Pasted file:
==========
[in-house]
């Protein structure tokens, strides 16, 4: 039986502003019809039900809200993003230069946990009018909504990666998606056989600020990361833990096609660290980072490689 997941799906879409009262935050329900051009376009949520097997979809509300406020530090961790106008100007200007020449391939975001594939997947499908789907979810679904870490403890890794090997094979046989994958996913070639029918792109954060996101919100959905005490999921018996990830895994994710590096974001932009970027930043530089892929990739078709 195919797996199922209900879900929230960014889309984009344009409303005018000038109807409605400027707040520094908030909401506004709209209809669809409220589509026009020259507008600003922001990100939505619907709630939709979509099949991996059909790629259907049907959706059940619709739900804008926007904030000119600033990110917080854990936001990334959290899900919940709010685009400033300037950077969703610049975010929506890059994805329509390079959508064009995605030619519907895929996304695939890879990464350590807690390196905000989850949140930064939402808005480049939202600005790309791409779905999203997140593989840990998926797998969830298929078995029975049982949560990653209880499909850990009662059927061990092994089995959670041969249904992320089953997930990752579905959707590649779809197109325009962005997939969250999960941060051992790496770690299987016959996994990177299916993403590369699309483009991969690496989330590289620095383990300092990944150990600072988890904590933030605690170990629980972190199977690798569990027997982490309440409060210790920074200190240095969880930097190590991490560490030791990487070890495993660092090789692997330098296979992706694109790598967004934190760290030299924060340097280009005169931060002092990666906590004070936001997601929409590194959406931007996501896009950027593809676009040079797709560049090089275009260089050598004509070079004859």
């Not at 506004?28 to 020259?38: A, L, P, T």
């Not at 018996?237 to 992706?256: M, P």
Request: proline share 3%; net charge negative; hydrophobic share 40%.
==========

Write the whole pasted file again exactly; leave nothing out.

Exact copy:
[in-house]
């Protein structure tokens, strides 16, 4: 039986502003019809039900809200993003230069946990009018909504990666998606056989600020990361833990096609660290980072490689 997941799906879409009262935050329900051009376009949520097997979809509300406020530090961790106008100007200007020449391939975001594939997947499908789907979810679904870490403890890794090997094979046989994958996913070639029918792109954060996101919100959905005490999921018996990830895994994710590096974001932009970027930043530089892929990739078709 195919797996199922209900879900929230960014889309984009344009409303005018000038109807409605400027707040520094908030909401506004709209209809669809409220589509026009020259507008600003922001990100939505619907709630939709979509099949991996059909790629259907049907959706059940619709739900804008926007904030000119600033990110917080854990936001990334959290899900919940709010685009400033300037950077969703610049975010929506890059994805329509390079959508064009995605030619519907895929996304695939890879990464350590807690390196905000989850949140930064939402808005480049939202600005790309791409779905999203997140593989840990998926797998969830298929078995029975049982949560990653209880499909850990009662059927061990092994089995959670041969249904992320089953997930990752579905959707590649779809197109325009962005997939969250999960941060051992790496770690299987016959996994990177299916993403590369699309483009991969690496989330590289620095383990300092990944150990600072988890904590933030605690170990629980972190199977690798569990027997982490309440409060210790920074200190240095969880930097190590991490560490030791990487070890495993660092090789692997330098296979992706694109790598967004934190760290030299924060340097280009005169931060002092990666906590004070936001997601929409590194959406931007996501896009950027593809676009040079797709560049090089275009260089050598004509070079004859």
């Not at 506004?28 to 020259?38: A, L, P, T």
């Not at 018996?237 to 992706?256: M, P």
Request: proline share 3%; net charge negative; hydrophobic share 40%.